Read this first. Use the general indexes, databases, Internet links, and printed reference tools listed below to find images. Images might be immediately accessible in the database you search; however, many desired images will only be embedded within another publication, and these are difficult to find unless the images are indexed. You may need to use printed reference tools that index images in books and periodicals. Also consult related subject guides, such as for Art and Urban and Regional Planning, for additional image and map resources.
Most of digital images you find on the Internet are protected by copyright. See the How to Cite Images page when using digital images for your academic work.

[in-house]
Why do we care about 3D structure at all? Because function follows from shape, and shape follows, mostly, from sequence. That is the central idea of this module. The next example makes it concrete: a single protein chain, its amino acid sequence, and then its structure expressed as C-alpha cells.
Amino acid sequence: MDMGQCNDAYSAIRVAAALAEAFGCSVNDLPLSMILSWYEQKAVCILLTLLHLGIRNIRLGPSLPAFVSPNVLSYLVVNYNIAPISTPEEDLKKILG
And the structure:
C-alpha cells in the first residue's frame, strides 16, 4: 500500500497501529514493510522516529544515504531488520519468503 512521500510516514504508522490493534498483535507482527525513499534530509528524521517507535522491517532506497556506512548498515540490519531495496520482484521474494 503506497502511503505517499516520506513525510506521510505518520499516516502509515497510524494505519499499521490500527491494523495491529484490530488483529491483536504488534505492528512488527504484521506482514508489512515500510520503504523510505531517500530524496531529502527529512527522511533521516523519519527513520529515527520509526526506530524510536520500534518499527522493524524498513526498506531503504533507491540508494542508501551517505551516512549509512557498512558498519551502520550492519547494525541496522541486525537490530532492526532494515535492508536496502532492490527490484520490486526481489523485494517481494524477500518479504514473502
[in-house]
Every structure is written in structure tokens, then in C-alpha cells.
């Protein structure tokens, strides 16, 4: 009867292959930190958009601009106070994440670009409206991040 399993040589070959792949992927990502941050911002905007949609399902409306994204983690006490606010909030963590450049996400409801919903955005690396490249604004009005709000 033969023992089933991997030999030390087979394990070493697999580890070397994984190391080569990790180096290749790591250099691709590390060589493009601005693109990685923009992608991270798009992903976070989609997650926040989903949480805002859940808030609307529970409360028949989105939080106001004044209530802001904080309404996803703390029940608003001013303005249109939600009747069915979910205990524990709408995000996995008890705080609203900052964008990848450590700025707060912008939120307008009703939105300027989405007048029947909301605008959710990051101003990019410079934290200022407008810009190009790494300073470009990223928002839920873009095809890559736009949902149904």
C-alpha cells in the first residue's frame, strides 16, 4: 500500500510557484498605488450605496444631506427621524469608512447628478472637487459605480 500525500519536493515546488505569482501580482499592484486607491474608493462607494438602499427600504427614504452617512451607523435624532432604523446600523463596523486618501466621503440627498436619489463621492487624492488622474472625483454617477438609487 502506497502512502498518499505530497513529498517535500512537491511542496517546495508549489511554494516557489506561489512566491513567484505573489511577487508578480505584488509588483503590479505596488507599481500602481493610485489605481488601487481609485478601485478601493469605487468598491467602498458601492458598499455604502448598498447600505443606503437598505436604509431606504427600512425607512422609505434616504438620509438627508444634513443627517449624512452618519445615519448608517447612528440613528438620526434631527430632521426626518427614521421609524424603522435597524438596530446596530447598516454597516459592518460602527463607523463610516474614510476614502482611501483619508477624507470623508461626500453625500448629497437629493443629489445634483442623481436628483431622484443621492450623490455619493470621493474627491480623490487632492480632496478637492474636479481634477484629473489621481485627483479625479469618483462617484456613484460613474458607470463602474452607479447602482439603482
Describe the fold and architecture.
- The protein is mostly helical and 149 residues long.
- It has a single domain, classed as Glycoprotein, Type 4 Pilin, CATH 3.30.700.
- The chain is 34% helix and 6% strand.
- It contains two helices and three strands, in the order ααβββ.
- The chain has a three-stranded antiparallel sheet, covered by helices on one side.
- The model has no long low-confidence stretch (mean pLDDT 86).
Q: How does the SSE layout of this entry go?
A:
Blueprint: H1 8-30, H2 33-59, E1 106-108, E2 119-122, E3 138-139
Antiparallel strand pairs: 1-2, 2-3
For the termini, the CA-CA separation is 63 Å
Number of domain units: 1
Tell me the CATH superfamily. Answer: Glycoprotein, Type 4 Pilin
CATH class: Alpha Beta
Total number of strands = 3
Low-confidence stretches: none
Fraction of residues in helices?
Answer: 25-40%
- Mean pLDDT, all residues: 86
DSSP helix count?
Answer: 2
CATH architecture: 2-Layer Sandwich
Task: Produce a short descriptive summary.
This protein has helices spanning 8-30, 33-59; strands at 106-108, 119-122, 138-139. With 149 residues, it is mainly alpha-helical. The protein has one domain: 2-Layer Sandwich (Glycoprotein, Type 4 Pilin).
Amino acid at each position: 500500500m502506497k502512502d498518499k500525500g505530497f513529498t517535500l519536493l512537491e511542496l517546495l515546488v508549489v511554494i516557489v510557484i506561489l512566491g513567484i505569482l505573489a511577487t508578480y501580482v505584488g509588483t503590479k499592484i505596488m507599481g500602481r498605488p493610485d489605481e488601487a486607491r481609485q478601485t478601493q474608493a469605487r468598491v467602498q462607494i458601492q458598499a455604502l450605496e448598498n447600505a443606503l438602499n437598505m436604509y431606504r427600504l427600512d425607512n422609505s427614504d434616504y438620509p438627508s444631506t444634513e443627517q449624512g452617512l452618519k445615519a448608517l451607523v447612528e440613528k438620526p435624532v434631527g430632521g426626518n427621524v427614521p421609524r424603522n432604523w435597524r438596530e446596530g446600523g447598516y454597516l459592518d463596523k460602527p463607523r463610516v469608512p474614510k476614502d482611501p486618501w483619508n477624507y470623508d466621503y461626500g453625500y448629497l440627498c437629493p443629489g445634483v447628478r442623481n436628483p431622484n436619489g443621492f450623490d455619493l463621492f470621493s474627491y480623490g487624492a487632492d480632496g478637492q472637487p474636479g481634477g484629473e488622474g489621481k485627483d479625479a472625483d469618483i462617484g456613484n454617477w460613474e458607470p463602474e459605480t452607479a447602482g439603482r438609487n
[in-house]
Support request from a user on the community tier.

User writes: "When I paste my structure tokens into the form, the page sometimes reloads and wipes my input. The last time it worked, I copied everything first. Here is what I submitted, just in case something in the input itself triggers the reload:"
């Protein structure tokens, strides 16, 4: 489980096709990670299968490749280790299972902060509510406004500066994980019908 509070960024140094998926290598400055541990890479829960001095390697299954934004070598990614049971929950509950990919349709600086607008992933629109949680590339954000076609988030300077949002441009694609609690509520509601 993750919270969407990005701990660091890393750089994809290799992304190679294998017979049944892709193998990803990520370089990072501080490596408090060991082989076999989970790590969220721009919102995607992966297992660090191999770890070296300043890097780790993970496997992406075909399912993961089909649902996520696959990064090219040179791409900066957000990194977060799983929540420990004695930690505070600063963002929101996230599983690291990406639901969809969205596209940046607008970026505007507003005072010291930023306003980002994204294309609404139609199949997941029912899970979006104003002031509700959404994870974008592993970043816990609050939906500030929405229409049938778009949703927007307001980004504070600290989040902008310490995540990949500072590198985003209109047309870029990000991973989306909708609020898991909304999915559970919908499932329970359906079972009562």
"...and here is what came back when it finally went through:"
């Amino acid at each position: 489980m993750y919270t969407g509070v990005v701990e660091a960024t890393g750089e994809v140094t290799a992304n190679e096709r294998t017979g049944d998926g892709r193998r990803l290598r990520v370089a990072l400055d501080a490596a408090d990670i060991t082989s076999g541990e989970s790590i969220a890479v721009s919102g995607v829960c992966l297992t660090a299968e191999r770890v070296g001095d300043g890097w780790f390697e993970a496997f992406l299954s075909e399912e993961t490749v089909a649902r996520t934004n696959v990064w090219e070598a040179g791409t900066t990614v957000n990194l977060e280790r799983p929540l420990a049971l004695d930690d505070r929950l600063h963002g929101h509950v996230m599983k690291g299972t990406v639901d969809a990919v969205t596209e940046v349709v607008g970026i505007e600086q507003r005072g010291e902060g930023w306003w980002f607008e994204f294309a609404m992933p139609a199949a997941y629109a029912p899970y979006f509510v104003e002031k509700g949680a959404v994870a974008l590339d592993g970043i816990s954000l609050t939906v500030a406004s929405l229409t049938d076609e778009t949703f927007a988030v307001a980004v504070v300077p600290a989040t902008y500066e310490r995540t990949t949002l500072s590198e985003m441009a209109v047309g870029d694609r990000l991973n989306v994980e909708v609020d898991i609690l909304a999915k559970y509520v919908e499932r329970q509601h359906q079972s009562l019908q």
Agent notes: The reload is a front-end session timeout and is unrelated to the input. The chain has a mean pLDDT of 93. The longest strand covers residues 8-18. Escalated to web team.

Check if your purpose of using the image is under Fair Use:
When scanning images from a printed publication, the best practice today is to save TIFF as master files, then compress to JPEG for your digital presentations. The Library of Congress has the practice of scanning pictorical works at 300 ppi and 24 bit color at the minimum. The standard practice today for JPEG images is to resize them to 1024 x 768 pixels at 72 dpi for a full screen view. Also, make sure to write down the detailed information of the publication, then cite the source that you have scanned from. See: How to Cite Images
To learn more about scanning, the below are two great resources: